In Peril and Privation: Stories of Marine Disaster Retoldby James Payn
The Wreck Of The 'Grosvenor' .... The Loss Of The 'Royal George' .... On The Keys Of Honduras .... The Loss Of The 'Halsewell' .... Wager Island .... The Trials Of Philip Austin .... The Wreck Of The 'Juno' .... A Castaway Ambassador .... The Burning Of The 'New Horn' .
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In Peril and Privation was published in London in 1885. (317 pages)
The Wreck Of The 'Grosvenor' .... The Loss Of The 'Royal George' .... On The Keys Of Honduras .... The Loss Of The 'Halsewell' .... Wager Island .... The Trials Of Philip Austin .... The Wreck Of The 'Juno' .... A Castaway Ambassador .... The Burning Of The 'New Horn' .... In Sight Of Home .... Arctic Travel .... The Undiscovered Island .... The Raft Of The 'Medusa' .... The Burning Of 'Le Prince' .... The Romance Of M. De Belleisle .... Slavery .... The Last Extremity.
The Publisher has copy-edited this book to improve the formatting, style and accuracy of the text to make it readable. This did not involve changing the substance of the text.
.....It was remarked by Charles Dickens of 'Robinson Crusoe,' that it never drew down a tear, nor evoked a smile, from any reader; in spite of which it remains the most popular book in the language. The reason of this is, that it treats of the shifts and expediencies to which civilized man is reduced when cut off from the rest of his species, a subject that comes home to all of us, because, under not impossible circumstances, we may all find ourselves in the same position. 'What should I do,' is a question that almost every boy has asked himself, 'if I were cast upon an uninhabited and desert island?' The islands on which the castaway finds himself are not indeed always desert; but on the other hand, if fertile, it is only too often that he has cause to regret it, since those its fruitfulness supports are more to be feared than solitude and privation.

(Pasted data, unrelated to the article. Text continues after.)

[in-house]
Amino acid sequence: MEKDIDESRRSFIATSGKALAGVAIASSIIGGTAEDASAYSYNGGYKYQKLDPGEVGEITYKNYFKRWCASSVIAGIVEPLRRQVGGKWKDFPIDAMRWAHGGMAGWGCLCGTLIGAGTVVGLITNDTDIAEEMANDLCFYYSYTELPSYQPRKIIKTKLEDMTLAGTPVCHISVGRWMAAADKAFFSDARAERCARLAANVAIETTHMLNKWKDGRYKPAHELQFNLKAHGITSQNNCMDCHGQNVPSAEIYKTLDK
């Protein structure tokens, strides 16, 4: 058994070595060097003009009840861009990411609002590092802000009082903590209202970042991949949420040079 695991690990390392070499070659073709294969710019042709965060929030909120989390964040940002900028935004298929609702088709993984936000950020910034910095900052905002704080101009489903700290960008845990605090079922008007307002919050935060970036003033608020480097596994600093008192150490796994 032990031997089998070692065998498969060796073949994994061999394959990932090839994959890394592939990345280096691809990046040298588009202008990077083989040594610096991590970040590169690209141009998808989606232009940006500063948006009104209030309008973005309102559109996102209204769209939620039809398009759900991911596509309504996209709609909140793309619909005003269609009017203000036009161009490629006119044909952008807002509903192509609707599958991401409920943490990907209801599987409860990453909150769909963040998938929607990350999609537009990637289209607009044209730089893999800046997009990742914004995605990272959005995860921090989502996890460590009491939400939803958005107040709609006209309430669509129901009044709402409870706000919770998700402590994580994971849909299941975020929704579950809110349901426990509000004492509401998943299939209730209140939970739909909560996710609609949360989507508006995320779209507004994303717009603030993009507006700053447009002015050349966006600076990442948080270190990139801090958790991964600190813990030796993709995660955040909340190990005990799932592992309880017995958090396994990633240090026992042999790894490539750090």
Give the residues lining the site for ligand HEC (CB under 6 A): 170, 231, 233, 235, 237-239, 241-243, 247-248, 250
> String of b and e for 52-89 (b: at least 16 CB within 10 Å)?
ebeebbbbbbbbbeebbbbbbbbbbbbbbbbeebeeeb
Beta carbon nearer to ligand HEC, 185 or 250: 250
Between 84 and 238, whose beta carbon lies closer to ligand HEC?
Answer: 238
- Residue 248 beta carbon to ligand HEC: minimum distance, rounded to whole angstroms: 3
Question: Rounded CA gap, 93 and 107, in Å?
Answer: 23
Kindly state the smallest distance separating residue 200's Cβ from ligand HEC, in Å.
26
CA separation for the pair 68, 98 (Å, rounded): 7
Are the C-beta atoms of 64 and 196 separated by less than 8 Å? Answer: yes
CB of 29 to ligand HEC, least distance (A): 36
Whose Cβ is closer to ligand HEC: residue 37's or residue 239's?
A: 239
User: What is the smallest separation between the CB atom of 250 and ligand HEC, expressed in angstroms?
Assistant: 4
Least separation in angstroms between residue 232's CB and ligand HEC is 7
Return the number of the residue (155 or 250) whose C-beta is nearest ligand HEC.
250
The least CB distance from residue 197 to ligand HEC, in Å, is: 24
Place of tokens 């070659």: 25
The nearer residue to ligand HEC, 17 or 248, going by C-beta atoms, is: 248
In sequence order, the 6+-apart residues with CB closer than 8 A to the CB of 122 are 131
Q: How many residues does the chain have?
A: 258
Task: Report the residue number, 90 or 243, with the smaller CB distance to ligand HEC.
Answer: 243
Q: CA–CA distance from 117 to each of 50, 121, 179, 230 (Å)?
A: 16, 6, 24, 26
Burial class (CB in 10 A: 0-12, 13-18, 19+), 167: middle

.....Of all the races of men most hostile to those who should be their brethren, the Malay is perhaps the chief; and by those who suffer shipwreck he is at present as much an object of fear as, in old times, was the Moor of Barbary. To those who are acquainted with this cruel and treacherous nation, to perish in the gaping wave, or to endure the uttermost torments of hunger and thirst, seem preferable to falling into his hands. Yet our countrymen have often done so, and some at least have survived to tell the tale. Indeed, as regards the world of ocean, what have English and Americans not survived?
.....In reading the records of marine disaster, crowded with events more stirring and startling than any other page of history, the question that appeals to us incessantly is: 'How could human beings endure this or that? such perils? such privations? such tortures? such starvation? and especially, (as often happens) without a companion to sympathize with them, or any eye, save that of Omnipotence, to mark their sufferings and endurance.
.....When the passengers and crew take to the frail boats, or the open raft, the salient points of the catastrophe begin to present themselves; the individual is separated from the crowd and attracts our pity or admiration; the multitudinous mass of misery resolves itself into its separate items, men, women, children, each of whose misfortunes we follow with bated breath and tearful eye, as though they were our own. Nay, even in the open boat, with its rag of sail and miserable accommodation, its floods of water (alas! not drinkable) that have to be bailed out by hand or with a pannikin, and its wretched fare, growing scantier every day, and measured with miser's hand to starving mouths; even then, I say, the drama lacks completeness because the element on which it takes place is unfamiliar to us.
.....It is, for the most part, in fact only when the sufferers get to land—whether on the solitary rock, or on some sandy spit, haunted by wild beasts; or on the territory of hostile savages—that we thoroughly sympathize with their sorrows, and understand their position.
.....The stories of these castaways are, from their very simplicity, full of pathos, but they are commonly narrated in the crude form of a diary, or set down afterwards from recollection, at the request of some consul or other authority for official purposes. It has struck me, therefore, that some of them may be retold with advantage.
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